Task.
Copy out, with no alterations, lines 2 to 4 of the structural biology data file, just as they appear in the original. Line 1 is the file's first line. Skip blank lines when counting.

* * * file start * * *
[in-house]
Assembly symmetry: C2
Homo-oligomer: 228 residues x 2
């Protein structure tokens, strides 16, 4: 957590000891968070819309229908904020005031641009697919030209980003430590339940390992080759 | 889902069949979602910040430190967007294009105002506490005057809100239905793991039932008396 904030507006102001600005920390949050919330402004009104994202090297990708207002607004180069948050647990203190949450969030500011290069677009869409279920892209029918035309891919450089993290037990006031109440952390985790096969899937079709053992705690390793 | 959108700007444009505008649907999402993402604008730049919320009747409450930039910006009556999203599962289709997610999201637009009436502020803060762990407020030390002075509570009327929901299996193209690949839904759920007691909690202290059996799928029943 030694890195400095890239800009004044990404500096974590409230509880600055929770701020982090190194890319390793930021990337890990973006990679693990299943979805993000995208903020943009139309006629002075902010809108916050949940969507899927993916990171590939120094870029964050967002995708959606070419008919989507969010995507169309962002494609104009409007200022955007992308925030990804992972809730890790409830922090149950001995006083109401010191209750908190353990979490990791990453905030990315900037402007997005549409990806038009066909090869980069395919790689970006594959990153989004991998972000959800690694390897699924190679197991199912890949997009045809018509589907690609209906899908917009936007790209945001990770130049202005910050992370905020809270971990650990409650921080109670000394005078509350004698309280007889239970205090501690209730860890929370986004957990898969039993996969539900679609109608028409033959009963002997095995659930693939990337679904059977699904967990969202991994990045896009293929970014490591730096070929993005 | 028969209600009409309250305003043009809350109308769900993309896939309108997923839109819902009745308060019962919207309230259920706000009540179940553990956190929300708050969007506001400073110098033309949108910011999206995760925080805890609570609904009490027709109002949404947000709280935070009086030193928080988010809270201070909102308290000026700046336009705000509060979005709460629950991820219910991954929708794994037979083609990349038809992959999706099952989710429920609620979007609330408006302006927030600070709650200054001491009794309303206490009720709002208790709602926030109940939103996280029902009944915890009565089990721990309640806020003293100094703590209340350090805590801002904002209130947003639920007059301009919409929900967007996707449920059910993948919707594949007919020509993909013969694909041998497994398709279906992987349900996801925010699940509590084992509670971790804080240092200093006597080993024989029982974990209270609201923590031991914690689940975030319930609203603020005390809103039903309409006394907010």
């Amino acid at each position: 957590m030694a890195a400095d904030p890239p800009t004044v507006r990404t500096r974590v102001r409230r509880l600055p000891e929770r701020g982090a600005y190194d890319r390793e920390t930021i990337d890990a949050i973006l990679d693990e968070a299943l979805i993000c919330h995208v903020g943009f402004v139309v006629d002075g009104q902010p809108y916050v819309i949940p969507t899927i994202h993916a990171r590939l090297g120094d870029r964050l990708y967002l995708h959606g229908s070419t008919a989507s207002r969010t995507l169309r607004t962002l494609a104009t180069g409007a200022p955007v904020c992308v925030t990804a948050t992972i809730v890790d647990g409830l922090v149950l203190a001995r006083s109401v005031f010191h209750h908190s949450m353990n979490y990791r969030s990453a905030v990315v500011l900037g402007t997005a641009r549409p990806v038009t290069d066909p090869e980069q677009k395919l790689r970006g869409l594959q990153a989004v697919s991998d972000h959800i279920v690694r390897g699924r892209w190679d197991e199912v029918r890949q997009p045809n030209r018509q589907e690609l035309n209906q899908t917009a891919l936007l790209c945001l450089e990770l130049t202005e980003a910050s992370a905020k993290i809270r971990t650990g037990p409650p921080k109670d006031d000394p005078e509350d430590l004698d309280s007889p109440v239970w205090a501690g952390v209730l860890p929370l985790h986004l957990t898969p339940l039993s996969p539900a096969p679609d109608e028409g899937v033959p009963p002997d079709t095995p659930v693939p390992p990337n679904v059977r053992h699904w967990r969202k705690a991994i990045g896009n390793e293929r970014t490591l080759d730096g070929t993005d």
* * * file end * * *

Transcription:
Assembly symmetry: C2
Homo-oligomer: 228 residues x 2
């Protein structure tokens, strides 16, 4: 957590000891968070819309229908904020005031641009697919030209980003430590339940390992080759 | 889902069949979602910040430190967007294009105002506490005057809100239905793991039932008396 904030507006102001600005920390949050919330402004009104994202090297990708207002607004180069948050647990203190949450969030500011290069677009869409279920892209029918035309891919450089993290037990006031109440952390985790096969899937079709053992705690390793 | 959108700007444009505008649907999402993402604008730049919320009747409450930039910006009556999203599962289709997610999201637009009436502020803060762990407020030390002075509570009327929901299996193209690949839904759920007691909690202290059996799928029943 030694890195400095890239800009004044990404500096974590409230509880600055929770701020982090190194890319390793930021990337890990973006990679693990299943979805993000995208903020943009139309006629002075902010809108916050949940969507899927993916990171590939120094870029964050967002995708959606070419008919989507969010995507169309962002494609104009409007200022955007992308925030990804992972809730890790409830922090149950001995006083109401010191209750908190353990979490990791990453905030990315900037402007997005549409990806038009066909090869980069395919790689970006594959990153989004991998972000959800690694390897699924190679197991199912890949997009045809018509589907690609209906899908917009936007790209945001990770130049202005910050992370905020809270971990650990409650921080109670000394005078509350004698309280007889239970205090501690209730860890929370986004957990898969039993996969539900679609109608028409033959009963002997095995659930693939990337679904059977699904967990969202991994990045896009293929970014490591730096070929993005 | 028969209600009409309250305003043009809350109308769900993309896939309108997923839109819902009745308060019962919207309230259920706000009540179940553990956190929300708050969007506001400073110098033309949108910011999206995760925080805890609570609904009490027709109002949404947000709280935070009086030193928080988010809270201070909102308290000026700046336009705000509060979005709460629950991820219910991954929708794994037979083609990349038809992959999706099952989710429920609620979007609330408006302006927030600070709650200054001491009794309303206490009720709002208790709602926030109940939103996280029902009944915890009565089990721990309640806020003293100094703590209340350090805590801002904002209130947003639920007059301009919409929900967007996707449920059910993948919707594949007919020509993909013969694909041998497994398709279906992987349900996801925010699940509590084992509670971790804080240092200093006597080993024989029982974990209270609201923590031991914690689940975030319930609203603020005390809103039903309409006394907010």